Cyber criminals hit London tourist landmarks with 100 million attacks

Hackers breach emails systems and servers at Kew Gardens whilst the Natural History Museum, Tate Galleries and Imperial War Museum are hit by tens of thousands of attacks as fraudsters seek confidential data

by News Reporter on 18 March 2019 12:33

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Four of London’s top tourist attractions have been hit by 109 million cyber-attacks in the last few years, according to new research by the Parliament Street think tank. Research collated by a request under the Freedom of Information (FOI) Act, discovered that in the last three financial years Kew Gardens, National History Museum, Tate Gallery and Imperial War Museum were subjected to tens of millions of cyber security attacks.

The attraction with the highest number of security incidents reported was Kew Gardens which was hit by 86 million hacks last year, up from 16 million the year before – an increase of 438 per cent.

“Hackers are increasingly targeting organisations which appear to hold large amounts of personal financial data,” commented Tim Dunton, managing director of Nimbus Hosting. “The high volume of attacks in this case is reflective of the threat posed by cyber criminals going to extreme lengths to obtain confidential information.” Second highest was Imperial War Museum (IWM) which highlighted that over the last three financial years, it had seen over 10 million cyber security incidents in total.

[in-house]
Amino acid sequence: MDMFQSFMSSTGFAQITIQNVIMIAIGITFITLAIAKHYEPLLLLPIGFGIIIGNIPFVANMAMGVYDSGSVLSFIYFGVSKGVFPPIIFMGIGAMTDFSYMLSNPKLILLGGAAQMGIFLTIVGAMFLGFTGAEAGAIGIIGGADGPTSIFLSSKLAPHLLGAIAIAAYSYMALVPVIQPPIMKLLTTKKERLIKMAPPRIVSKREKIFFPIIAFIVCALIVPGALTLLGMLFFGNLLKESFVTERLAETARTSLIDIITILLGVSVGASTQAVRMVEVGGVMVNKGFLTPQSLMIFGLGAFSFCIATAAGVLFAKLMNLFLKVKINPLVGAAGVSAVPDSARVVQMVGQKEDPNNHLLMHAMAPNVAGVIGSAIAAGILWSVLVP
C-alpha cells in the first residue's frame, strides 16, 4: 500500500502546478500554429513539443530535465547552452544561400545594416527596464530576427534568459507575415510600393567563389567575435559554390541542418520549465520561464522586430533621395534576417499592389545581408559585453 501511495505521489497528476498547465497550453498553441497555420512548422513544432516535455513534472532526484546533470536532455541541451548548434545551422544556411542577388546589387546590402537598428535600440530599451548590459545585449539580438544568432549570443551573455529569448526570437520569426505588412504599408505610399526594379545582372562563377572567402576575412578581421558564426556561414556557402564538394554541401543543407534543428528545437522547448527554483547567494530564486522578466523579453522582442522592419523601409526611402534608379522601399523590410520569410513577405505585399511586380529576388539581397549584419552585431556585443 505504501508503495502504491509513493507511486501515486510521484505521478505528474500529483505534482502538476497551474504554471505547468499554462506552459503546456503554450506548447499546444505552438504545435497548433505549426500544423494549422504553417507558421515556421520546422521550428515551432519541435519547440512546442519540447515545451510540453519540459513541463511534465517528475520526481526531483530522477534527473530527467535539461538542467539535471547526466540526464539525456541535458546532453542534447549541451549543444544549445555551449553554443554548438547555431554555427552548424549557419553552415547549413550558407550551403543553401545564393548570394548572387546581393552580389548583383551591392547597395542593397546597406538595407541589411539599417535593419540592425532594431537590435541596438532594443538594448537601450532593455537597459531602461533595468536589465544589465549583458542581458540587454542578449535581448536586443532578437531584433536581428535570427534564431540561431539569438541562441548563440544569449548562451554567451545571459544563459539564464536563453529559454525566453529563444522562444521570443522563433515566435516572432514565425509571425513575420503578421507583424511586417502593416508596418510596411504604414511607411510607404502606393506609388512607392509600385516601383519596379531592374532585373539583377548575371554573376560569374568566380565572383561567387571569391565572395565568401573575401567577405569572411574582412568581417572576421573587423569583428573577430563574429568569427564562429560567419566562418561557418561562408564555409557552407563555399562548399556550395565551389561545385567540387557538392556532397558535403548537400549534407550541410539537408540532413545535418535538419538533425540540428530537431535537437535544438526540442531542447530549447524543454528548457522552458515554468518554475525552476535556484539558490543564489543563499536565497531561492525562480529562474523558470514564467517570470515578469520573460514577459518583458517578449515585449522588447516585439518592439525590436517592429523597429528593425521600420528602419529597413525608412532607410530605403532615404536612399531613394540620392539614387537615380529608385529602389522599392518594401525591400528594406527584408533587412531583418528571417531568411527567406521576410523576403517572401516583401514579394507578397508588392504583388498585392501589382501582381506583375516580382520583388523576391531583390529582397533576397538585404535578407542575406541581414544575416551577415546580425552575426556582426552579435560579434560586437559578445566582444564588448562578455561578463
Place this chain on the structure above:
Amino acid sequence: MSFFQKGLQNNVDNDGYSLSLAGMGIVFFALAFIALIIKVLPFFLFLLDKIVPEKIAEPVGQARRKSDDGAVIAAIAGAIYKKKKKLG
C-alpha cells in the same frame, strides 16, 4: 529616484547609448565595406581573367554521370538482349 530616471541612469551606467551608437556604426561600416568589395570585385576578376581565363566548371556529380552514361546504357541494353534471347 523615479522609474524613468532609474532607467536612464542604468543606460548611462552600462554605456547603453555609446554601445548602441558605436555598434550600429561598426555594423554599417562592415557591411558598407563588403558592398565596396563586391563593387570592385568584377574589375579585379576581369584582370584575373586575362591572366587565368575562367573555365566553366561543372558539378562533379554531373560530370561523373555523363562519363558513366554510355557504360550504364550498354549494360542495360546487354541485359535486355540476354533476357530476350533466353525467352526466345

Out of this figure, the IWM confirmed that there were eight successful ransomware attacks on its systems. Third was the Natural History Museum which reported 875,414 cyber alerts over the last three years, of which 26,610 incidents were considered ‘unmitigated’ threats.

The Tate, which oversees the Tate Modern and The Tate Britain galleries, cited 494,709 incidents of cyber-attacks in the last year but didn’t have access to the full figures. In the last three financial years, four security incidents were logged which contained malware and phishing attempts.

For Kew Gardens, out of the specific categories of attack given, spyware topped the list and was seen to have the largest jump, from 13,120,000 attempts in 2016/17 to a staggering 82,170,000 in 2017/18. This is a total increase of 526 per cent. The second highest category was information leak attempts which topped 1,663,500 for 2017/18, up from 1,540,000 the previous year.

Kew gardens has a membership database and holds financial information of over 100,000 people and almost 800 staff members. In 2017/18, one of Kew’s servers was breached by hackers and in the previous financial year, an email account was breached by hackers. Interestingly, under the virus/malware category, the number of attempts decreased from 376 in 2016/18 to 345 in 2017/18.

Sheila Flavell, COO at tech specialist FDM Group said, “It’s clear that cyber criminals are bombarding museums and tourist hotspots with malicious attacks in an effort to steal personal data and cause havoc. These incidents are a reminder of the urgent need to increase the UK’s level of cyber expertise by getting more people into the tech industry. To achieve this, we need a much sharper focus on boosting interest in this critical area, recruiting more women and encouraging a diverse pool of talent so that we have the skills needed to tackle this very real and relentless threat.”

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